Some of the original art glass that was removed more than seven decades ago from the Frank Lloyd Wright-designed Hollyhock House is in the process of being returned to the historic landmark from Boston art collectors. The UNESCO World Heritage site at the top of Barnsdall Park is primed to get back four art glass panels that used to be part of a skylight above the living room fireplace, according to a motion by City Councilmember Mitch O’Farrell.
Four of the living room's nine laylight panels were removed during a renovation in the 1940s and replaced with opaque glass panels by Lloyd Wright, son of Frank Lloyd Wright. But now, two Boston area collectors and museum patrons who possess of the panels have offered to contribute them back to the house in exchange for reproductions that were commissioned in 2017 to restore the laylights to their 1921 appearance.
O’Farrell’s motion calls for the City Council to authorize the Department of Cultural Affairs to work out the exchange of the reproductions for the originals now held by Marc S. Plonskier and Heni Koenigsberg. The couple are patrons of several Boston area museums and art institutions.
"The return of the four original art glass panels is critical to strengthening the authenticity of this UNESCO World Heritage site and represents a rare opportunity to improve the integrity of the site with original architectural furnishings," says the motion. "The original panels will be installed in their original laylight location and will remain the property of Hollyhock House."
As for the value of the vintage panels, Ed Avila, president of Project Restore, which has been overseeing the restoration, said, "They are original to the house and that is priceless." More here.
Think you know everything there is to know about Mr. Wright? Well, then the Frank Lloyd Wright Foundation wants you to take this quiz to test your knowledge of the life and work of America's iconic architect. See how you do here.
The Frank Lloyd Wright Building Conservancy invites you to a visit to Auldbrass Plantation, Saturday, March 28, 2020 from 4:00 PM to 10:00 PM. Designed by Frank Lloyd Wright in 1939, Auldbrass Plantation provides a singular Wright experience. Nearly destroyed by neglect, the multi-building estate has been beautifully restored by its owner, movie producer Joel Silver, setting a gold standard for historic preservation.
The Frank Lloyd Wright Building Conservancy is the only organization granted access to this private house for an in-depth tour of the estate and intimate dinner party featuring gourmet cuisine and fine wines. Your tax-deductible ticket supports the Conservancy’s fundraising efforts. Take the opportunity to plan a getaway to nearby Savannah or Charleston (both around an hour away), all while supporting the ongoing effort to save Wright. Hurry, this limited-seating event fills fast. More here.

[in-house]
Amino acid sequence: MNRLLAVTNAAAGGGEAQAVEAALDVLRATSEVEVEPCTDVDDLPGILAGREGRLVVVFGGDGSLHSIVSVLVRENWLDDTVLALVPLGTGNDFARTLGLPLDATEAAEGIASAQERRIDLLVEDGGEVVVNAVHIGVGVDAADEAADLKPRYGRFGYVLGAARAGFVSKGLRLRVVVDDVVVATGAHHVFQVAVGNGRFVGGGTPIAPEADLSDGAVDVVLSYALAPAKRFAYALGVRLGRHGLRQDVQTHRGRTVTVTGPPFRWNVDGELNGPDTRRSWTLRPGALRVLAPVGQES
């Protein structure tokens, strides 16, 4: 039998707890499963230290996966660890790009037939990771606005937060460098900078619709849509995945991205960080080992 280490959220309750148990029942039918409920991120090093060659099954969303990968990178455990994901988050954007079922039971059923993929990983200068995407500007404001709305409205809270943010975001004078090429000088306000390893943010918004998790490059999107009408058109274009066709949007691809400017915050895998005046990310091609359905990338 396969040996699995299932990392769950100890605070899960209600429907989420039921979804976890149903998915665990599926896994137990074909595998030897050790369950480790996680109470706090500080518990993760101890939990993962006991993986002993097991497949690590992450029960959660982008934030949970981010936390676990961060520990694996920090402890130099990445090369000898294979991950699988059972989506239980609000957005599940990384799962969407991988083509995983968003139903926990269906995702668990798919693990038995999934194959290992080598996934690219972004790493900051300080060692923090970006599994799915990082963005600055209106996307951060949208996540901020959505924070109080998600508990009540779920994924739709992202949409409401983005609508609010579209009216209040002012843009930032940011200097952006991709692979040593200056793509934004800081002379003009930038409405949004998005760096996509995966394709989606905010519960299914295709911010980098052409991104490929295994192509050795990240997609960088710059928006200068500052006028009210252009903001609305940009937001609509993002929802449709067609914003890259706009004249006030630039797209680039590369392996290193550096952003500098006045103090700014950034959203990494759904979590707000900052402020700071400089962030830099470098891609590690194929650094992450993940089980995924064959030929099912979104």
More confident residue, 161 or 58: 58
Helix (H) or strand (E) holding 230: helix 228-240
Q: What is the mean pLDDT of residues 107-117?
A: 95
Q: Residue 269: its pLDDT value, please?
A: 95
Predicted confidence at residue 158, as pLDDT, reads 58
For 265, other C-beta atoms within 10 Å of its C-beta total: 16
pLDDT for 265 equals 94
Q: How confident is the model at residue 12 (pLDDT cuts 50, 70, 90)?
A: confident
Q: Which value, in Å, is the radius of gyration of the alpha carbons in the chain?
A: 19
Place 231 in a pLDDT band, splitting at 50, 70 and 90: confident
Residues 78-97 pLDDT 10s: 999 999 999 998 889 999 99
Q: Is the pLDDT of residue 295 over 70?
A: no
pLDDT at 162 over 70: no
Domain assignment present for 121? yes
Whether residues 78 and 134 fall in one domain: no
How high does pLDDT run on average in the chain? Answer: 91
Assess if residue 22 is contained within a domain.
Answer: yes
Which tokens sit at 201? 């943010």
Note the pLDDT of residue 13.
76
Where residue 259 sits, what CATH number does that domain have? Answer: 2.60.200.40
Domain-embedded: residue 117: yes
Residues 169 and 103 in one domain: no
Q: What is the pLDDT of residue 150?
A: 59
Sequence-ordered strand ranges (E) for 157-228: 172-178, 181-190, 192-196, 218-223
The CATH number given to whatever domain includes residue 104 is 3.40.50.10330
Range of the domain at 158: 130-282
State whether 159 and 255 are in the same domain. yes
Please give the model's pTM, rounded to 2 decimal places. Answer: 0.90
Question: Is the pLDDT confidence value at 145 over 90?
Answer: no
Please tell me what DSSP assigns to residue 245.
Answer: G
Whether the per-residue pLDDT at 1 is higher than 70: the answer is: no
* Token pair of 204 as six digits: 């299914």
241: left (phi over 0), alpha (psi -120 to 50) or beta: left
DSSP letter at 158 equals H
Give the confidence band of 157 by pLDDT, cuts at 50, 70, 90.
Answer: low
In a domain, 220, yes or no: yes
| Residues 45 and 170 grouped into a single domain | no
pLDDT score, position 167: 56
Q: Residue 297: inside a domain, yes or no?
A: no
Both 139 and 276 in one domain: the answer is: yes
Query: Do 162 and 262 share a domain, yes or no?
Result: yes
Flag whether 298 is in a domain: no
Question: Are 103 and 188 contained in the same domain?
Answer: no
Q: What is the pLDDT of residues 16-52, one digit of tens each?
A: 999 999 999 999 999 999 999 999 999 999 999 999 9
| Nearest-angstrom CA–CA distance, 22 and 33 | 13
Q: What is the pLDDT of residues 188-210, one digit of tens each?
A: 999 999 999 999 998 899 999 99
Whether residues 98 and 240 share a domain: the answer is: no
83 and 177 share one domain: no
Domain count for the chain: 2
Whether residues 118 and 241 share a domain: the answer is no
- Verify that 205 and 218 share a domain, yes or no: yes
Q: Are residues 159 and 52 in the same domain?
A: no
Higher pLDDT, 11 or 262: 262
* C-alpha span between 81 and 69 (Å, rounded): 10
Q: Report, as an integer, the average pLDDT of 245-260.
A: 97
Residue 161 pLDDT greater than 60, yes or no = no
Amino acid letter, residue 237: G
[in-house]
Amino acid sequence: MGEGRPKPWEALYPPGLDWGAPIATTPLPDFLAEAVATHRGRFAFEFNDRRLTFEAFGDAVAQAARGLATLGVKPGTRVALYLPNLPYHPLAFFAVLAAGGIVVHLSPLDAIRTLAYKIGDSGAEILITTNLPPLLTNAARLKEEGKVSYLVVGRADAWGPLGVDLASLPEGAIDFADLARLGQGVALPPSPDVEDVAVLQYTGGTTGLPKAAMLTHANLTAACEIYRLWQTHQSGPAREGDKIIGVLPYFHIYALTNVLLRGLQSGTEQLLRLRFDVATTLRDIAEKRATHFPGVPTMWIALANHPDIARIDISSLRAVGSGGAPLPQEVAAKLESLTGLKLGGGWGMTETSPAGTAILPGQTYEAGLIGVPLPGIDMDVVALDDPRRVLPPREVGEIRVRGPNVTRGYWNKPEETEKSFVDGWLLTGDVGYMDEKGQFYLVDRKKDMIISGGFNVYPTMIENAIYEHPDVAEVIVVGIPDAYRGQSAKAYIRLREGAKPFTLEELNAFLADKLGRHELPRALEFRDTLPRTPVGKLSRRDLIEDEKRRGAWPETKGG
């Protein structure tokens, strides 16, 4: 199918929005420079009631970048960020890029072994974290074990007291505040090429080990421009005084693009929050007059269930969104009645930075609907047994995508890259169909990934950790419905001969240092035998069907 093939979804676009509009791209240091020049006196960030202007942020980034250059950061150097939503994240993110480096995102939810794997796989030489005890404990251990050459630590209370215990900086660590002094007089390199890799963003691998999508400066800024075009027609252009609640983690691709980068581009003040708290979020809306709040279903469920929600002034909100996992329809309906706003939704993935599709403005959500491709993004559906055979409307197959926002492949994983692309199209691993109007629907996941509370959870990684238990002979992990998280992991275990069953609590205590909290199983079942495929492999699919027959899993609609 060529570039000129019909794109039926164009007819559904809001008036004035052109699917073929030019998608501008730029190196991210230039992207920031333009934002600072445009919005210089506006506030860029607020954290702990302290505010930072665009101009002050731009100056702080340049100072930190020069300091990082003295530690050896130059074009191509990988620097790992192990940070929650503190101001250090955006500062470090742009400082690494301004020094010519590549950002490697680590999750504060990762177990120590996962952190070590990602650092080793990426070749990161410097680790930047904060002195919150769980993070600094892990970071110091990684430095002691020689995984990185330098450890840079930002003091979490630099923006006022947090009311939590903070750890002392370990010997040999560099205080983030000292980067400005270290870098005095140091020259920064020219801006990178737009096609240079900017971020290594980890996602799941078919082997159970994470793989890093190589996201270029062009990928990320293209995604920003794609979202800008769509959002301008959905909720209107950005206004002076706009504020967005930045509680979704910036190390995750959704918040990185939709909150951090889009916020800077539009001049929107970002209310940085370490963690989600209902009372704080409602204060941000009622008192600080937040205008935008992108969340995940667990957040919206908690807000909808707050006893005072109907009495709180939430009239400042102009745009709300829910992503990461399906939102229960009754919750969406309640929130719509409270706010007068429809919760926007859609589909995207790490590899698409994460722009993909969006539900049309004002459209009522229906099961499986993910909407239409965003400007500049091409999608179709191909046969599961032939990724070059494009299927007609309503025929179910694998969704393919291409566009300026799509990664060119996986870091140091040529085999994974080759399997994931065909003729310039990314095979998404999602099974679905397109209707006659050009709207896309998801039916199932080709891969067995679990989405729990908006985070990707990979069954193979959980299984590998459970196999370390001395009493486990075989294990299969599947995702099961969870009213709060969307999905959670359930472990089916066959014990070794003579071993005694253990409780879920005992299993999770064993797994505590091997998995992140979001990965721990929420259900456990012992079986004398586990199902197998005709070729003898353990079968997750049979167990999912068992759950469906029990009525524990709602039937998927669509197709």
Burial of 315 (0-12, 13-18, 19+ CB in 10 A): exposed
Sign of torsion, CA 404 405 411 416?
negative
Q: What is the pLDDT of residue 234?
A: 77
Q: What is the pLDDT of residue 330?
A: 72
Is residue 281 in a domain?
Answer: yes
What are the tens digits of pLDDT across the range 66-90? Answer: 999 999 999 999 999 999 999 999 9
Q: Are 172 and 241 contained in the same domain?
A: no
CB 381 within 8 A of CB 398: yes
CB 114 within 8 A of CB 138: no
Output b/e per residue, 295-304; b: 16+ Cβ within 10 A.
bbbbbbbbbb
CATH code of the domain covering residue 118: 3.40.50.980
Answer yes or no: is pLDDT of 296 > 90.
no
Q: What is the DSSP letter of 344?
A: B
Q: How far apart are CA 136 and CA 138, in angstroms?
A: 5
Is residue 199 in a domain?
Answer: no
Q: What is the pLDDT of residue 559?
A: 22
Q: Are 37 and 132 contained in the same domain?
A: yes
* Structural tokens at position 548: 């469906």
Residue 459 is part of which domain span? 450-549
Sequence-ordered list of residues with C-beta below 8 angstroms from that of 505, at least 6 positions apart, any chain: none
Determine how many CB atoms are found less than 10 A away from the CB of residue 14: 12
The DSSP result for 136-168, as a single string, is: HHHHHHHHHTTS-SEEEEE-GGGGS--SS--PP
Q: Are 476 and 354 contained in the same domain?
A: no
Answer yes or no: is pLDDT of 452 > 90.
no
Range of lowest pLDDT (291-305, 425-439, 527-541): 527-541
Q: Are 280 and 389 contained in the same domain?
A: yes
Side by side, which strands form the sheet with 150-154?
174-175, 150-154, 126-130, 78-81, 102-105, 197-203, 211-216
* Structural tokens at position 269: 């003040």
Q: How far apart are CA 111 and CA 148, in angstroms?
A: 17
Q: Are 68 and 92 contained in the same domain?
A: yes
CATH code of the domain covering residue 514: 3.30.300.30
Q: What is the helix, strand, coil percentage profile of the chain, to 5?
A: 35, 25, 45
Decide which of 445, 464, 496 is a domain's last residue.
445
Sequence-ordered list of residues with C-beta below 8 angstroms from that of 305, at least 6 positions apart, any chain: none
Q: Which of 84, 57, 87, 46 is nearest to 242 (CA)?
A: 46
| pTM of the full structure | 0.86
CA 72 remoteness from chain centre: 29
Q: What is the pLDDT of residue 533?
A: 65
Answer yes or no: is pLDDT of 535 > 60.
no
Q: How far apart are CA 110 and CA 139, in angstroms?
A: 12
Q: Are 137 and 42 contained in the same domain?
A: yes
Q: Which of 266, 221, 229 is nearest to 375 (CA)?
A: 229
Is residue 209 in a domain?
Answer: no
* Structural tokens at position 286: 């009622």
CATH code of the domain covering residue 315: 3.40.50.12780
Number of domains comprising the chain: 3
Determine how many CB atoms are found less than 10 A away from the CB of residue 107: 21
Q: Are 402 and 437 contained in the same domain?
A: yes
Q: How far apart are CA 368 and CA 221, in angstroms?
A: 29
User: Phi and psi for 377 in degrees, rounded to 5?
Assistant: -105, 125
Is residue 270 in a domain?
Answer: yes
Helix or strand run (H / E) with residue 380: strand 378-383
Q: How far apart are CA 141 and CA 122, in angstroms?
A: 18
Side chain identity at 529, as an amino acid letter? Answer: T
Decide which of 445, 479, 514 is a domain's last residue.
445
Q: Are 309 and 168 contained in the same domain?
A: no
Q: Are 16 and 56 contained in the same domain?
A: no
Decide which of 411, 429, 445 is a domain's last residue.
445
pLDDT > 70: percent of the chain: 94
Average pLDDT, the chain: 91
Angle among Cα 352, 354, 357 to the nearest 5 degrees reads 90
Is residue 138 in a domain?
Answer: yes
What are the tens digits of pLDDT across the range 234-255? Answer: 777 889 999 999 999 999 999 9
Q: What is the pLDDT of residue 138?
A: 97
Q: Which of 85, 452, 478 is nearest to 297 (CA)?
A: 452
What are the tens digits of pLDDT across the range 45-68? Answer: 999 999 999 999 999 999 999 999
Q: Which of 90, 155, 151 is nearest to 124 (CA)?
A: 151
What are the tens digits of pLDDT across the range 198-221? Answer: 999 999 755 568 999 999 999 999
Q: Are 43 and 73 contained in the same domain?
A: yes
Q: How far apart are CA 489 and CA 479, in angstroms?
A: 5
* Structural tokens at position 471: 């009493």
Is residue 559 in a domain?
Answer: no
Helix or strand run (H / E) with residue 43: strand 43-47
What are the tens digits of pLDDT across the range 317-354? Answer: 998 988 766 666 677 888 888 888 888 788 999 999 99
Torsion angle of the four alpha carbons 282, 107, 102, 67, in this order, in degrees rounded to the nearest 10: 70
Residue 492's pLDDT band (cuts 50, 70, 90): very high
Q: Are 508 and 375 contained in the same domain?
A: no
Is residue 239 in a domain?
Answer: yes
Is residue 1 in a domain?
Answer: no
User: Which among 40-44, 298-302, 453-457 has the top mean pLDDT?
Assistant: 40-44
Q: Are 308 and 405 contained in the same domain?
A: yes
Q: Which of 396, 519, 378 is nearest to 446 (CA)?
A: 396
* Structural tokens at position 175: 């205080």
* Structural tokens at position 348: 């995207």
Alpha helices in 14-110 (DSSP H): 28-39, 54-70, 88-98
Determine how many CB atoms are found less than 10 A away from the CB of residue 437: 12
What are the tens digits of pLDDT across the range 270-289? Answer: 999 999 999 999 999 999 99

With the $8.2 million restoration of the Graycliff estate in Derby recently completed, attention now turns to building a $5 million, floor-to-ceiling glass-facade visitor center. The Graycliff Conservancy wants to improve the 8-acre site's visitor experience and better tell the story of Darwin and Isabelle Martin's summer home built by Frank Lloyd Wright on Lake Erie. A capital campaign to raise the funds for the visitor center is expected to begin in the first quarter of 2020.
"When people come to a Wright site there is an expectation of what they will experience," said Bryan LeFauve, the conservancy's vice president. "It's our hope that the new visitor center will deliver on that expectation by providing not only amenities but an opportunity for us to highlight the stories of Graycliff."
The visitor center's plans call for a main lobby and ticketing area, exhibit space, an indoor-outdoor cafe doubling as an event space, an administration area that includes a docent lounge and restrooms. The new visitor center would incorporate the current visitor center and feature an extended wood-clad green roof feature. Central to the project are using principles Wright espoused: a connection to nature, integrating buildings with the landscape and blending inside with the outside world.
"We are being sensitive to having something that really fits into the property and is a complement to the house without being a distraction," LeFauve said. More here.
Broad Margin, a private residence located in Greenville, was designed by Frank Lloyd Wright in 1951 and built in 1954. It is one of only two buildings designed by Wright in South Carolina — the other is the Auldbrass Plantation in Beaufort County.
One of the last Usonian styles of architecture that Wright used it is characterized by the use of natural materials — stone and wood, as well the overall integration of the building and the site. Broad Margin is the name given to the property by Wright. The term comes from Thoreau’s Walden in which he states, “I love a broad margin to my life.”
Built into the slope of the 2-acre property, the home has 12-inch thick concrete walls and uses cypress wood throughout. Other unique building methods include copper tubes embedded into the polished red concrete floors that are used to heat the home with hot water; the use of screws instead of nails; and doors and windows that were constructed on-site, completely of cypress and with brass hardware. These unique residential building methods exemplify Wright’s architectural philosophy as well as his attention to detail. See it here.
Olgivanna Lloyd Wright, Frank Lloyd Wright’s third wife, wrote a series of essays titled, “Our House” for the Capital Times of Madison, Wisconsin from 1958-1962. The Frank Lloyd Wright Foundation's Whirling Arrow blog shares a December 1958 writing in which she shares an account of Frank Lloyd Wright’s final Christmas celebration at Taliesin West. Read it here and Happy Holidays!